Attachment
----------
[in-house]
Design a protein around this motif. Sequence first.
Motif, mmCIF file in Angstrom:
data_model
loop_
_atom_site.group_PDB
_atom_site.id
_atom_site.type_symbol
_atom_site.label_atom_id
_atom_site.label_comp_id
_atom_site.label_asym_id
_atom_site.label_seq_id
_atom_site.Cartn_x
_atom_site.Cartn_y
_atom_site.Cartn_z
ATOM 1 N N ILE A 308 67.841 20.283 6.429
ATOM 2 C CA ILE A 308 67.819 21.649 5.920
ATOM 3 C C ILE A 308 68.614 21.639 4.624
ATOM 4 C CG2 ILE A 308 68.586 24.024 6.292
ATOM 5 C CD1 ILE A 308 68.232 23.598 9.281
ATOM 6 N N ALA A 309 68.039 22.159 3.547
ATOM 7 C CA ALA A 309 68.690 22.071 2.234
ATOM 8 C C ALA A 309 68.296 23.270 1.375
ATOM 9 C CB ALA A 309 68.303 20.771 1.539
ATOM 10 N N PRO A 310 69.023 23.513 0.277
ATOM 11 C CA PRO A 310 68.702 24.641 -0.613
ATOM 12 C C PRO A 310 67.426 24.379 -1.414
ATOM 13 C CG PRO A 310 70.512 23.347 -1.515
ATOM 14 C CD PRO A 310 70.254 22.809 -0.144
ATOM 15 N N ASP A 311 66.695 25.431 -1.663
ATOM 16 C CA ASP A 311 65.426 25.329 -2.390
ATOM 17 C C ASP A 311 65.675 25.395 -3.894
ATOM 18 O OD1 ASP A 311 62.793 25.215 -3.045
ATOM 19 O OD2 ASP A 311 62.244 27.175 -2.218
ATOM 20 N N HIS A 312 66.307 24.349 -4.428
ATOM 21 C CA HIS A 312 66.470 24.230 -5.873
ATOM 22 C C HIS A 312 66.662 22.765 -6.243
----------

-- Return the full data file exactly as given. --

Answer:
[in-house]
Design a protein around this motif. Sequence first.
Motif, mmCIF file in Angstrom:
data_model
loop_
_atom_site.group_PDB
_atom_site.id
_atom_site.type_symbol
_atom_site.label_atom_id
_atom_site.label_comp_id
_atom_site.label_asym_id
_atom_site.label_seq_id
_atom_site.Cartn_x
_atom_site.Cartn_y
_atom_site.Cartn_z
ATOM 1 N N ILE A 308 67.841 20.283 6.429
ATOM 2 C CA ILE A 308 67.819 21.649 5.920
ATOM 3 C C ILE A 308 68.614 21.639 4.624
ATOM 4 C CG2 ILE A 308 68.586 24.024 6.292
ATOM 5 C CD1 ILE A 308 68.232 23.598 9.281
ATOM 6 N N ALA A 309 68.039 22.159 3.547
ATOM 7 C CA ALA A 309 68.690 22.071 2.234
ATOM 8 C C ALA A 309 68.296 23.270 1.375
ATOM 9 C CB ALA A 309 68.303 20.771 1.539
ATOM 10 N N PRO A 310 69.023 23.513 0.277
ATOM 11 C CA PRO A 310 68.702 24.641 -0.613
ATOM 12 C C PRO A 310 67.426 24.379 -1.414
ATOM 13 C CG PRO A 310 70.512 23.347 -1.515
ATOM 14 C CD PRO A 310 70.254 22.809 -0.144
ATOM 15 N N ASP A 311 66.695 25.431 -1.663
ATOM 16 C CA ASP A 311 65.426 25.329 -2.390
ATOM 17 C C ASP A 311 65.675 25.395 -3.894
ATOM 18 O OD1 ASP A 311 62.793 25.215 -3.045
ATOM 19 O OD2 ASP A 311 62.244 27.175 -2.218
ATOM 20 N N HIS A 312 66.307 24.349 -4.428
ATOM 21 C CA HIS A 312 66.470 24.230 -5.873
ATOM 22 C C HIS A 312 66.662 22.765 -6.243